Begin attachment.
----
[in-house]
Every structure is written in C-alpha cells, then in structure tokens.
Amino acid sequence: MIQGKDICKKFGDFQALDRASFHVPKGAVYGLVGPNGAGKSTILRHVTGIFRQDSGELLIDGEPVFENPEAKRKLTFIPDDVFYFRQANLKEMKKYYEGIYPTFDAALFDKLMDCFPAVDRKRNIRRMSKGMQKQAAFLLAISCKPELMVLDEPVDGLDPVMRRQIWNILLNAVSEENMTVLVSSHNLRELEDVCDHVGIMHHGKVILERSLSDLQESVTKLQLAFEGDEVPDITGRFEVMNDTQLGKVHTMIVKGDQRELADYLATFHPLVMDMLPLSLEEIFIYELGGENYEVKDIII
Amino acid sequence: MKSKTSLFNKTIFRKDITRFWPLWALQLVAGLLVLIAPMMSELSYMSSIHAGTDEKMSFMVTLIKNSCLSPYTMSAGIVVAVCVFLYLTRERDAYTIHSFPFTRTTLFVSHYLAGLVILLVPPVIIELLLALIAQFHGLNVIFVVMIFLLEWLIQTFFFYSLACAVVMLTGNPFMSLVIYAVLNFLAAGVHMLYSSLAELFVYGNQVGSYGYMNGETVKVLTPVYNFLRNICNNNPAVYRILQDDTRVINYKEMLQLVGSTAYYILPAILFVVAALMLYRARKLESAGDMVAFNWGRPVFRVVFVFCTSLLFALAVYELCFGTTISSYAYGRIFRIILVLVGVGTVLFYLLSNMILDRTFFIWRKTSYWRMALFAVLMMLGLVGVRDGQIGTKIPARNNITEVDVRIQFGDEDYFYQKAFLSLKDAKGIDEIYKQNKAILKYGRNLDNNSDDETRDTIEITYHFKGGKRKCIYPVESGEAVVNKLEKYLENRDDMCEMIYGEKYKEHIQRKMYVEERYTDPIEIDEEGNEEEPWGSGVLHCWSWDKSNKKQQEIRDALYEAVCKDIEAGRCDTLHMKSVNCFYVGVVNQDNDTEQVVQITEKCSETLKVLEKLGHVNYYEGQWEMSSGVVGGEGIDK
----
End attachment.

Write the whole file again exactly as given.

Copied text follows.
[in-house]
Every structure is written in C-alpha cells, then in structure tokens.
Amino acid sequence: MIQGKDICKKFGDFQALDRASFHVPKGAVYGLVGPNGAGKSTILRHVTGIFRQDSGELLIDGEPVFENPEAKRKLTFIPDDVFYFRQANLKEMKKYYEGIYPTFDAALFDKLMDCFPAVDRKRNIRRMSKGMQKQAAFLLAISCKPELMVLDEPVDGLDPVMRRQIWNILLNAVSEENMTVLVSSHNLRELEDVCDHVGIMHHGKVILERSLSDLQESVTKLQLAFEGDEVPDITGRFEVMNDTQLGKVHTMIVKGDQRELADYLATFHPLVMDMLPLSLEEIFIYELGGENYEVKDIII
Amino acid sequence: MKSKTSLFNKTIFRKDITRFWPLWALQLVAGLLVLIAPMMSELSYMSSIHAGTDEKMSFMVTLIKNSCLSPYTMSAGIVVAVCVFLYLTRERDAYTIHSFPFTRTTLFVSHYLAGLVILLVPPVIIELLLALIAQFHGLNVIFVVMIFLLEWLIQTFFFYSLACAVVMLTGNPFMSLVIYAVLNFLAAGVHMLYSSLAELFVYGNQVGSYGYMNGETVKVLTPVYNFLRNICNNNPAVYRILQDDTRVINYKEMLQLVGSTAYYILPAILFVVAALMLYRARKLESAGDMVAFNWGRPVFRVVFVFCTSLLFALAVYELCFGTTISSYAYGRIFRIILVLVGVGTVLFYLLSNMILDRTFFIWRKTSYWRMALFAVLMMLGLVGVRDGQIGTKIPARNNITEVDVRIQFGDEDYFYQKAFLSLKDAKGIDEIYKQNKAILKYGRNLDNNSDDETRDTIEITYHFKGGKRKCIYPVESGEAVVNKLEKYLENRDDMCEMIYGEKYKEHIQRKMYVEERYTDPIEIDEEGNEEEPWGSGVLHCWSWDKSNKKQQEIRDALYEAVCKDIEAGRCDTLHMKSVNCFYVGVVNQDNDTEQVVQITEKCSETLKVLEKLGHVNYYEGQWEMSSGVVGGEGIDK